Le Beau Monde or Literary & Fashionable Magazine was published only from 1806 to 1810, so the prints are much more hard to find than those from Ackermann’s Repository of Arts or La Belle Assemblée. The magazine was published by John Browne Bell, son of John Bell, publisher of La Belle Assemblée and other popular magazines and newspapers. Father and son were apparently estranged, and Le Beau Monde is generally considered the son’s deliberate rival of his father’s popular publication. The son’s venture, however, was not successful, and folded after less than 4 years.
Le Beau Monde was not as specifically targeted to a female audience as was La Belle Assemblée. It attempted to appeal to the fashionable gentleman as well as the ladies, with such features as reports of new sporting attire for gentlemen, new coach designs, accounts of horse races, etc. The fashion prints always depicted more than one figure, and often included a male figure. This print is somewhat rare in that it depicts two male figures.
The print is described in the magazine as follows:
“Fig. No. 1–Evening Dress.–For this dress are used various shades of dark chocolate, brown, and olive coats, which are made in much the same manner as they were last month, both in regard to the collar and lapelle: but the waist is somewhat lengthened, and the hip buttons are rather farther than they were at that time. The length of the coat remains the same, and the buttons are either covered with the same cloth as the coat, or are formed of basket-worked twist to match. Velvet collars are still worn. White marseilles, quilting, waistcoats, continue to be the only fashionable wear with coloured clothes. The breeches are much as before. They are made of the various shades of light drab colours: they descend comfortably below the knee, and are there tied with a silk string. Silk stockings of the natural colour are more prevalent than those of pink.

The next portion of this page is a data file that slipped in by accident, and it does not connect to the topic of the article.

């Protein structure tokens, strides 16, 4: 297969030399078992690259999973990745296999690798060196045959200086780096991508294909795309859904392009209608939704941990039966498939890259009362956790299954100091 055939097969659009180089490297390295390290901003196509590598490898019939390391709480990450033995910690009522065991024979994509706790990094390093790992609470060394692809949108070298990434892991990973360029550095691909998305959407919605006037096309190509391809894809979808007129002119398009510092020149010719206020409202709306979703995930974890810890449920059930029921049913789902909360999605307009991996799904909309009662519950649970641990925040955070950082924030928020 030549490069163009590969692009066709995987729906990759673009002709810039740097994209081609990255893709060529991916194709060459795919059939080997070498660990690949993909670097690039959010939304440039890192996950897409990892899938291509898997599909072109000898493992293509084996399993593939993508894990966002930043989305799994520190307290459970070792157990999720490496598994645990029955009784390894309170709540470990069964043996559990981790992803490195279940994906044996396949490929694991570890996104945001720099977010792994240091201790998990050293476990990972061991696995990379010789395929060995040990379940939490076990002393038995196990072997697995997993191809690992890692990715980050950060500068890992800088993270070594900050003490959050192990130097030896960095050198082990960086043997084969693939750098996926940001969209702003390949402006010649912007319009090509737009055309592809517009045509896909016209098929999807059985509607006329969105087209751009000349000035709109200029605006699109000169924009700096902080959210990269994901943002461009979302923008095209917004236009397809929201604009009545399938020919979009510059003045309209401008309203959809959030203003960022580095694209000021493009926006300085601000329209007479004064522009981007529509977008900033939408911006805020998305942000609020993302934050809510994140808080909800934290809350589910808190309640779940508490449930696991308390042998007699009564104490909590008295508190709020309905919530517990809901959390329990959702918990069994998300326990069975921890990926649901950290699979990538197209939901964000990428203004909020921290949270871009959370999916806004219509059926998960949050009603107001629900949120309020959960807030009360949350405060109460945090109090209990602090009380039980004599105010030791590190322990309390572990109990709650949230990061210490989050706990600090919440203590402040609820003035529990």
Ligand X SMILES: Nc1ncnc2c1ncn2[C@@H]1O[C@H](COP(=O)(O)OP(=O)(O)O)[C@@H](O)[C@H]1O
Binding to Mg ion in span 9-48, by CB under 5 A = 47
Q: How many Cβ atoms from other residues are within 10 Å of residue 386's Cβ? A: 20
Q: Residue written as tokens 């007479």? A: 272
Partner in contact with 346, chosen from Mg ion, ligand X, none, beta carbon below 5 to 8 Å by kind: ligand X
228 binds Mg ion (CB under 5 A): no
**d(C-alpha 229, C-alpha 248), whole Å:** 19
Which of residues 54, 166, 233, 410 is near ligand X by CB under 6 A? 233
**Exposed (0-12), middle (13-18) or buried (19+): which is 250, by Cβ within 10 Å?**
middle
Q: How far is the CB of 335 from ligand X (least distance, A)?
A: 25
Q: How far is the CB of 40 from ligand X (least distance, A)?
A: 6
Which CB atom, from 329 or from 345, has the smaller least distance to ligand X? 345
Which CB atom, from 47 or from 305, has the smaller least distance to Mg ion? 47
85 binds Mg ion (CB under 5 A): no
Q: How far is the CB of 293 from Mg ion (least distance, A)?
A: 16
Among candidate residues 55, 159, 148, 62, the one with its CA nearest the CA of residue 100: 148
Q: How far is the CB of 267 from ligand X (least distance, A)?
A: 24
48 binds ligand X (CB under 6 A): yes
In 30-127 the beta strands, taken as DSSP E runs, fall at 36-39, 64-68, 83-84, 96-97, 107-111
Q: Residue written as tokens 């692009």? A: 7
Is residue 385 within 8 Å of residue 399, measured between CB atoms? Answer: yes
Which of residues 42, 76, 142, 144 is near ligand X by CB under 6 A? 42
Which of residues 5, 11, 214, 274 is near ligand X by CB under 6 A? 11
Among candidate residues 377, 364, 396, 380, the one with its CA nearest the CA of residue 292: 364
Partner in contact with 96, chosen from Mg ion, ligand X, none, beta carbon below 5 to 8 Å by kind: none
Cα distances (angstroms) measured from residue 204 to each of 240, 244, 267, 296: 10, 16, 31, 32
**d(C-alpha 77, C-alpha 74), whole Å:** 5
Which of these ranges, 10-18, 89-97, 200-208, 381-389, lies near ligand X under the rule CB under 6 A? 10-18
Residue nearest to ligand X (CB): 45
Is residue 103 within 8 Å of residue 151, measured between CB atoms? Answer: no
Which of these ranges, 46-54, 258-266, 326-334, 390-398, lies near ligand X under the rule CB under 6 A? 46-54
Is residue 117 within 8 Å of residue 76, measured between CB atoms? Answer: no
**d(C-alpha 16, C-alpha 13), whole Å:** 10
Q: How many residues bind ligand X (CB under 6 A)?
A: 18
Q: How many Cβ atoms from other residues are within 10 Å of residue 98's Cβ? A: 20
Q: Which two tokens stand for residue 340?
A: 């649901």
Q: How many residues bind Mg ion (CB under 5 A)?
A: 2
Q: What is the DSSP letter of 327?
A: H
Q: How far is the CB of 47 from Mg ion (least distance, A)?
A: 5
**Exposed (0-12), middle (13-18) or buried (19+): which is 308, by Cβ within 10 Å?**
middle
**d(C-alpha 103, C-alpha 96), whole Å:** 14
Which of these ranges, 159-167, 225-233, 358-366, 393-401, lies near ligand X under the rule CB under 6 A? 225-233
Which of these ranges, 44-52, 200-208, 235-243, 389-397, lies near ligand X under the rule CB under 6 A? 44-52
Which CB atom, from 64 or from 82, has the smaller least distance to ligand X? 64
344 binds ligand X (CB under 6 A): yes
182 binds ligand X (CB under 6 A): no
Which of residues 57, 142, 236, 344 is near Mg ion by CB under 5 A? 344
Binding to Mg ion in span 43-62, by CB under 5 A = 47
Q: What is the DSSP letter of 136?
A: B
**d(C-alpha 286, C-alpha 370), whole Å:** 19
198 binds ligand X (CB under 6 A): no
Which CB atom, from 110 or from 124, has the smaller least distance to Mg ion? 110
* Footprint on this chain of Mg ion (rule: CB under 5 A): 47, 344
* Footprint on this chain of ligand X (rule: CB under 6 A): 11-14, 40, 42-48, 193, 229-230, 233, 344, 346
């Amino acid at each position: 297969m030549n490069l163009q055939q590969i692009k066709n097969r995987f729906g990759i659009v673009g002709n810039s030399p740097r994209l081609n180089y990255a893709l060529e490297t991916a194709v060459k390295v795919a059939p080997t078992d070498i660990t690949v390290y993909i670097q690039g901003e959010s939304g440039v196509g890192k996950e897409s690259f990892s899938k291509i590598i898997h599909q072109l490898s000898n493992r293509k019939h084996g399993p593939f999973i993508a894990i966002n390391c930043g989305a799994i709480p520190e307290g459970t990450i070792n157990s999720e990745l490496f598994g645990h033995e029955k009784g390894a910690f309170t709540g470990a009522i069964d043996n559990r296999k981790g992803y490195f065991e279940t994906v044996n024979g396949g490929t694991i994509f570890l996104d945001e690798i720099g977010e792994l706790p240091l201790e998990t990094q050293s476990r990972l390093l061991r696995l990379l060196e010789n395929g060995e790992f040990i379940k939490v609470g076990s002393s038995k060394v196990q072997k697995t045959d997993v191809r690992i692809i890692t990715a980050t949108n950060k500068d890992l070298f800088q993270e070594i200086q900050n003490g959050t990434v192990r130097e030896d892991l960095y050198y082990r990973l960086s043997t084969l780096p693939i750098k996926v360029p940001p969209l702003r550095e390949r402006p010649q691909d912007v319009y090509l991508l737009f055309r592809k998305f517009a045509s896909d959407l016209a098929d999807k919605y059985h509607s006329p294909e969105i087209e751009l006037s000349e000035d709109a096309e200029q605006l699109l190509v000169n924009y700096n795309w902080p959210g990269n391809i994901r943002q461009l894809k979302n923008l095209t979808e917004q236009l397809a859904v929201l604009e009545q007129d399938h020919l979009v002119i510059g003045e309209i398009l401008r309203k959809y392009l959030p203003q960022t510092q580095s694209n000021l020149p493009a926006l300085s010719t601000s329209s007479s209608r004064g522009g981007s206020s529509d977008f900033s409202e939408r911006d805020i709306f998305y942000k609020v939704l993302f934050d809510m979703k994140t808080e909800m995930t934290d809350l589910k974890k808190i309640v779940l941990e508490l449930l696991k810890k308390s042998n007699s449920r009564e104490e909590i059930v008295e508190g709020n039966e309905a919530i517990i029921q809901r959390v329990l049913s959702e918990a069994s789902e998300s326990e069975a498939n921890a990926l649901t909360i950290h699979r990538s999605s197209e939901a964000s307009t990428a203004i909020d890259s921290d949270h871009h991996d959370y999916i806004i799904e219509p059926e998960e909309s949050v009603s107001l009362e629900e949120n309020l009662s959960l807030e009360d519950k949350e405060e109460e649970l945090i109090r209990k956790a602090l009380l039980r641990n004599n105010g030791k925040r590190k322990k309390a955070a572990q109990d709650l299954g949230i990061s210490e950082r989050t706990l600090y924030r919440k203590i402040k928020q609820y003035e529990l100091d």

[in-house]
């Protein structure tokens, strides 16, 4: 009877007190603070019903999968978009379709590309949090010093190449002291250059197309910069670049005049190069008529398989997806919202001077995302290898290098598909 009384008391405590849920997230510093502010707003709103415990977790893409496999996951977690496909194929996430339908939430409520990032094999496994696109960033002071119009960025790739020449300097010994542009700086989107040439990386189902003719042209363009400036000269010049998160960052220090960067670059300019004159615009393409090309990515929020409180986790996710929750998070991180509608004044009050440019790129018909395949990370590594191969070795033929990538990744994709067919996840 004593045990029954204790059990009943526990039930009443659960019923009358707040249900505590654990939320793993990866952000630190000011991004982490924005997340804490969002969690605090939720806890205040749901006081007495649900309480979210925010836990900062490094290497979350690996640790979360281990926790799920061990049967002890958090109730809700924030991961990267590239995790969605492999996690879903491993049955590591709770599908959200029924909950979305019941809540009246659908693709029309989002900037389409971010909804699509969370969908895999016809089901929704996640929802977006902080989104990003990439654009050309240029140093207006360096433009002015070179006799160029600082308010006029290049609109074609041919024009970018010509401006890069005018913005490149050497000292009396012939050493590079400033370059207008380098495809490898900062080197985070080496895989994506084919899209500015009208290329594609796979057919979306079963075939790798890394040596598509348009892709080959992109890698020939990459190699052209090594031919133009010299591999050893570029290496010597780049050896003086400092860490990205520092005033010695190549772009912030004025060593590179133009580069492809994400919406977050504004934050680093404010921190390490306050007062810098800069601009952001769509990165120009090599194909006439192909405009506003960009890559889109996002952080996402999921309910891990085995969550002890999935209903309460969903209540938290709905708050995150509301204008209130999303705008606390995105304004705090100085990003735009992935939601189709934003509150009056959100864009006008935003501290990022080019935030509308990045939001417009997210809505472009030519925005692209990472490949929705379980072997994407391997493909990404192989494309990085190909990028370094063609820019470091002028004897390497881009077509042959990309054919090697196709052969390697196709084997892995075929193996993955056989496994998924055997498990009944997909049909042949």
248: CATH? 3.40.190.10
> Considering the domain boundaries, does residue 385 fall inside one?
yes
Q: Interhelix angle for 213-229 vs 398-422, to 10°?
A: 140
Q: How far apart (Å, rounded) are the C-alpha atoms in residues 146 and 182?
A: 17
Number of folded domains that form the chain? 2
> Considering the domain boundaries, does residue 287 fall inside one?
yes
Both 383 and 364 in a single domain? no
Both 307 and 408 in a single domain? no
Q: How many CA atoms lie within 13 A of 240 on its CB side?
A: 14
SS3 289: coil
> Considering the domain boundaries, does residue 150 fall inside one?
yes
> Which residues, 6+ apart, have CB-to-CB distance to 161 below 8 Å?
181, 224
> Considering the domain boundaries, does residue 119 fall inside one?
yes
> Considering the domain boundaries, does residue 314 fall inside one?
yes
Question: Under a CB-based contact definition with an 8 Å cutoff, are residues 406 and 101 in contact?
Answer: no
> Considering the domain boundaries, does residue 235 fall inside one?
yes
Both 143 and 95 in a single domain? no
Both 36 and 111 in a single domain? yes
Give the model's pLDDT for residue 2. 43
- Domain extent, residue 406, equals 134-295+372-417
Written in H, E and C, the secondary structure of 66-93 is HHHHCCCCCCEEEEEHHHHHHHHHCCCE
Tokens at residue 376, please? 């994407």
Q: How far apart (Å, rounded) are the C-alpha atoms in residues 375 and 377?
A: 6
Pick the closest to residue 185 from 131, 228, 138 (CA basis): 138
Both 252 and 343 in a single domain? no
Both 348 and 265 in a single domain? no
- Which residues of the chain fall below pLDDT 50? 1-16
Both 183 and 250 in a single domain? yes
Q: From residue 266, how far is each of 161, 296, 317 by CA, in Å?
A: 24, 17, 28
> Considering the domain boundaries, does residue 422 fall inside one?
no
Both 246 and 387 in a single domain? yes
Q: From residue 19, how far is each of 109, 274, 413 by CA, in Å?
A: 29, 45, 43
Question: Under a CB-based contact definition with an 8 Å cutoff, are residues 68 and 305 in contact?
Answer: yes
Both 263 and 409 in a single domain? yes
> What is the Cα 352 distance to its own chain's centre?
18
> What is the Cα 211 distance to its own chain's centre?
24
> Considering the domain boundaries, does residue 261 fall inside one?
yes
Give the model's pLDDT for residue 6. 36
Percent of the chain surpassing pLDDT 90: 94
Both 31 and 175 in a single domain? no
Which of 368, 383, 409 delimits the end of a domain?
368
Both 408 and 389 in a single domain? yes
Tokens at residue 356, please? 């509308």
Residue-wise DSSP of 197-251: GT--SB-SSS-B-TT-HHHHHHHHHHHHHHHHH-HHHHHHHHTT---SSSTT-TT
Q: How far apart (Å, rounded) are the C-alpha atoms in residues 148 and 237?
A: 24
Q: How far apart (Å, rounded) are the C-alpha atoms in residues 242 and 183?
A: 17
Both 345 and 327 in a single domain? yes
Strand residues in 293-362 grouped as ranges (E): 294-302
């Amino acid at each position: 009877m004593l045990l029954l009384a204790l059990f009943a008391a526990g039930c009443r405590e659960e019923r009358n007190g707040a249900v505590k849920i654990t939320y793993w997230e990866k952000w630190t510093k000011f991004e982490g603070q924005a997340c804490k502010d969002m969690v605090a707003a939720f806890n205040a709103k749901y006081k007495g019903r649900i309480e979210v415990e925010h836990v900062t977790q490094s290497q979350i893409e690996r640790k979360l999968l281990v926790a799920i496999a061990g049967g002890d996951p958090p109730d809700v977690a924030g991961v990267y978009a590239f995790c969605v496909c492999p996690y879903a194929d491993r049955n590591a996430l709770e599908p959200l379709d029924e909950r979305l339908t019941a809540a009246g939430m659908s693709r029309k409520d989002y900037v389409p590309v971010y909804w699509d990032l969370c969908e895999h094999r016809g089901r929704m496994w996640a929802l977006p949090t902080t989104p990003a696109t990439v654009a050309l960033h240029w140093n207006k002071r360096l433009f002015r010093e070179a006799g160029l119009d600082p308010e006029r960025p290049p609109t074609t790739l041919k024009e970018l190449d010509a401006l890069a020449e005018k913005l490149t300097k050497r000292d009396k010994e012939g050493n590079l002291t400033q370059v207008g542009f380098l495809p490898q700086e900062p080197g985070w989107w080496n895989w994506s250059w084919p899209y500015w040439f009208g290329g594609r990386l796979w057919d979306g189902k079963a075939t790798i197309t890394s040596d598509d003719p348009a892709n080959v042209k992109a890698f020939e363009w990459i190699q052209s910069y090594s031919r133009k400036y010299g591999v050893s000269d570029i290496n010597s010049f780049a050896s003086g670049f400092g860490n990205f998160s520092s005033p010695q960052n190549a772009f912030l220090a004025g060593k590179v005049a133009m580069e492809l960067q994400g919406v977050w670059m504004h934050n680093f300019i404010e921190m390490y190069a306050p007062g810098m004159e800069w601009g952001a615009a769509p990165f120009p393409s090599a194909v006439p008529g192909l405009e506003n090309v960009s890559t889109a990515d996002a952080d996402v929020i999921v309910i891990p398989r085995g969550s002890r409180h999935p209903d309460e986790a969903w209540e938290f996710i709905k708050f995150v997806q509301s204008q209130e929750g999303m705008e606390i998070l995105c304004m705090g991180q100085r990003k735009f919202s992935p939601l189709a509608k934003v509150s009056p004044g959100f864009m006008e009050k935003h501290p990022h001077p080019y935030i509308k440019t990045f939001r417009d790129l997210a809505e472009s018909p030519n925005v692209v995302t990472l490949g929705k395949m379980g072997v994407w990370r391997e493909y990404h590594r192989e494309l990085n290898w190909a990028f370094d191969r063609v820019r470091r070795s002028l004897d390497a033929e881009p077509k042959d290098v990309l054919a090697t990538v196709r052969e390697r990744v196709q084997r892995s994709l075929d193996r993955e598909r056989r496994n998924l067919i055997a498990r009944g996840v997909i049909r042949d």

“Fig. No. 2–Morning Dress–The morning coats are generally worn of the same colours and make as those of the evening, and are distinguished from them only by having a plated button, which is now worn much larger than it was formerly.–But the most gentlemanly dress is a single-breasted coat (according to the engraving) buttoning comfortably over the body, and cut away to shew the breeches. The most genteel colours are darkish green mixtures, or nut-coloured mixtures, coats of which are equally fashionable with or without a black velvet collar. Plain plated buttons are worn exclusively on these coats.–The coat itself is about two inches shorter than the evening coat, and has no pocket flaps at the sides. The waistcoats for this dress are almost exclusively of striped toilinets, which are worn in rather broader stripes than was formerly in fashion; and the stripe is not beginning to be perpendicular with the body instead of horizontal. The breeches are made of drab-coloured milled kerseymeres, with gilt buttons at the knees, and made sufficiently long to come into the whole boot; but the most general dress are pantaloons of much the same colours as the breeches. These are frequently made of ribbed kerseymeres, and are worn with Hessian boots.”
It is interesting to note that neither of the hats is mentioned. When describing female fashion, hats often get as much description as the dress! The bicorn hat on the fellow in evening dress would have been carried under his arm when he arrived at his ball or party. Note the this same fellow wears his hair in a queue, and it is powdered. The General Obervations following the print description mentions that hair is still powdered for evening, which, I confess, surprises me, as 1806 seems a bit late for powder and long queues, at least among the young, fashionable set. Perhaps this was the tail end of that trend. The article goes on to say that “hair continues to be dressed à la Titus in the morning.”